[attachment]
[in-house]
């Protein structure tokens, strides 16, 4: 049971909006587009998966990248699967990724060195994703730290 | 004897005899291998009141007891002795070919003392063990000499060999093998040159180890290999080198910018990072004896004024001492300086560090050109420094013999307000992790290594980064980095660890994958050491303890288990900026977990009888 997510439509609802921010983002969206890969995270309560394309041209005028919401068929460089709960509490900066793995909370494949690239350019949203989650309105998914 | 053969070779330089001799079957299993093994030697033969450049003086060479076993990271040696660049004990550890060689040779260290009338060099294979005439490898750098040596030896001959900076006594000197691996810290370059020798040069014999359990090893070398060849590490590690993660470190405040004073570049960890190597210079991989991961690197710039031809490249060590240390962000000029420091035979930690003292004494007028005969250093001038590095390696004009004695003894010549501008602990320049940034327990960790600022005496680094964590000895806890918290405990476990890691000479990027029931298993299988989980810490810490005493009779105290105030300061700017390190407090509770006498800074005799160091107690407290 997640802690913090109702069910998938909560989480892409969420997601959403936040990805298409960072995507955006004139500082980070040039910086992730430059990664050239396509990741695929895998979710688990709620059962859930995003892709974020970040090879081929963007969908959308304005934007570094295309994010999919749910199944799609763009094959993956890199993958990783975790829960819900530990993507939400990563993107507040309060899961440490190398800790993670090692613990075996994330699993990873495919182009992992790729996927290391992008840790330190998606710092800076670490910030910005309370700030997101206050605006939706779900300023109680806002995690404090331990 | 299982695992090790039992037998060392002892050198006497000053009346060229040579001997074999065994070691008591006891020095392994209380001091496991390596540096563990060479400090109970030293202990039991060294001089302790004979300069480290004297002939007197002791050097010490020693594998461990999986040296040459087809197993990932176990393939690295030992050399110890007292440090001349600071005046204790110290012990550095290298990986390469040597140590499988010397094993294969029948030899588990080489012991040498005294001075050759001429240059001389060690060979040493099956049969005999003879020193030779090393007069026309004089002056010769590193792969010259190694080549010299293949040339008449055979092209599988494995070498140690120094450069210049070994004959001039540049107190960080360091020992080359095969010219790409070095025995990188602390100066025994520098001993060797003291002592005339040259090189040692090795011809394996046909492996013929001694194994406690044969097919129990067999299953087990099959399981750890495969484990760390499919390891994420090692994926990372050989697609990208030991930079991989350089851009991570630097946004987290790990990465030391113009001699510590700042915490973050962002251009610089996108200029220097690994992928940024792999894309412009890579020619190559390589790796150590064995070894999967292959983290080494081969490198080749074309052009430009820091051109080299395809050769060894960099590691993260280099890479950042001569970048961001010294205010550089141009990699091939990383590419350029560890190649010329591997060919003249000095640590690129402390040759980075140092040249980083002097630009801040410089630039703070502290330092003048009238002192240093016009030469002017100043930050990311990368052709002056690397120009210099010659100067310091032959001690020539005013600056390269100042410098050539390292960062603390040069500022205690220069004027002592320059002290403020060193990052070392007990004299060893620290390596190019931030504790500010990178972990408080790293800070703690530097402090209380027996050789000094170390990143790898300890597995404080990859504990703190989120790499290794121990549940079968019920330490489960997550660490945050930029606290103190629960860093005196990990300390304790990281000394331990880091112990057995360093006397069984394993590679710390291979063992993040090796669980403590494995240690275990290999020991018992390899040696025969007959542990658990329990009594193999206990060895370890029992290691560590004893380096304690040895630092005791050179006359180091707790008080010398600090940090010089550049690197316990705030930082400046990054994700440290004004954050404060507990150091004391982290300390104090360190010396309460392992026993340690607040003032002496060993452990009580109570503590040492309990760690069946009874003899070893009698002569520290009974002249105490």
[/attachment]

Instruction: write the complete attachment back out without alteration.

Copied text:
[in-house]
């Protein structure tokens, strides 16, 4: 049971909006587009998966990248699967990724060195994703730290 | 004897005899291998009141007891002795070919003392063990000499060999093998040159180890290999080198910018990072004896004024001492300086560090050109420094013999307000992790290594980064980095660890994958050491303890288990900026977990009888 997510439509609802921010983002969206890969995270309560394309041209005028919401068929460089709960509490900066793995909370494949690239350019949203989650309105998914 | 053969070779330089001799079957299993093994030697033969450049003086060479076993990271040696660049004990550890060689040779260290009338060099294979005439490898750098040596030896001959900076006594000197691996810290370059020798040069014999359990090893070398060849590490590690993660470190405040004073570049960890190597210079991989991961690197710039031809490249060590240390962000000029420091035979930690003292004494007028005969250093001038590095390696004009004695003894010549501008602990320049940034327990960790600022005496680094964590000895806890918290405990476990890691000479990027029931298993299988989980810490810490005493009779105290105030300061700017390190407090509770006498800074005799160091107690407290 997640802690913090109702069910998938909560989480892409969420997601959403936040990805298409960072995507955006004139500082980070040039910086992730430059990664050239396509990741695929895998979710688990709620059962859930995003892709974020970040090879081929963007969908959308304005934007570094295309994010999919749910199944799609763009094959993956890199993958990783975790829960819900530990993507939400990563993107507040309060899961440490190398800790993670090692613990075996994330699993990873495919182009992992790729996927290391992008840790330190998606710092800076670490910030910005309370700030997101206050605006939706779900300023109680806002995690404090331990 | 299982695992090790039992037998060392002892050198006497000053009346060229040579001997074999065994070691008591006891020095392994209380001091496991390596540096563990060479400090109970030293202990039991060294001089302790004979300069480290004297002939007197002791050097010490020693594998461990999986040296040459087809197993990932176990393939690295030992050399110890007292440090001349600071005046204790110290012990550095290298990986390469040597140590499988010397094993294969029948030899588990080489012991040498005294001075050759001429240059001389060690060979040493099956049969005999003879020193030779090393007069026309004089002056010769590193792969010259190694080549010299293949040339008449055979092209599988494995070498140690120094450069210049070994004959001039540049107190960080360091020992080359095969010219790409070095025995990188602390100066025994520098001993060797003291002592005339040259090189040692090795011809394996046909492996013929001694194994406690044969097919129990067999299953087990099959399981750890495969484990760390499919390891994420090692994926990372050989697609990208030991930079991989350089851009991570630097946004987290790990990465030391113009001699510590700042915490973050962002251009610089996108200029220097690994992928940024792999894309412009890579020619190559390589790796150590064995070894999967292959983290080494081969490198080749074309052009430009820091051109080299395809050769060894960099590691993260280099890479950042001569970048961001010294205010550089141009990699091939990383590419350029560890190649010329591997060919003249000095640590690129402390040759980075140092040249980083002097630009801040410089630039703070502290330092003048009238002192240093016009030469002017100043930050990311990368052709002056690397120009210099010659100067310091032959001690020539005013600056390269100042410098050539390292960062603390040069500022205690220069004027002592320059002290403020060193990052070392007990004299060893620290390596190019931030504790500010990178972990408080790293800070703690530097402090209380027996050789000094170390990143790898300890597995404080990859504990703190989120790499290794121990549940079968019920330490489960997550660490945050930029606290103190629960860093005196990990300390304790990281000394331990880091112990057995360093006397069984394993590679710390291979063992993040090796669980403590494995240690275990290999020991018992390899040696025969007959542990658990329990009594193999206990060895370890029992290691560590004893380096304690040895630092005791050179006359180091707790008080010398600090940090010089550049690197316990705030930082400046990054994700440290004004954050404060507990150091004391982290300390104090360190010396309460392992026993340690607040003032002496060993452990009580109570503590040492309990760690069946009874003899070893009698002569520290009974002249105490």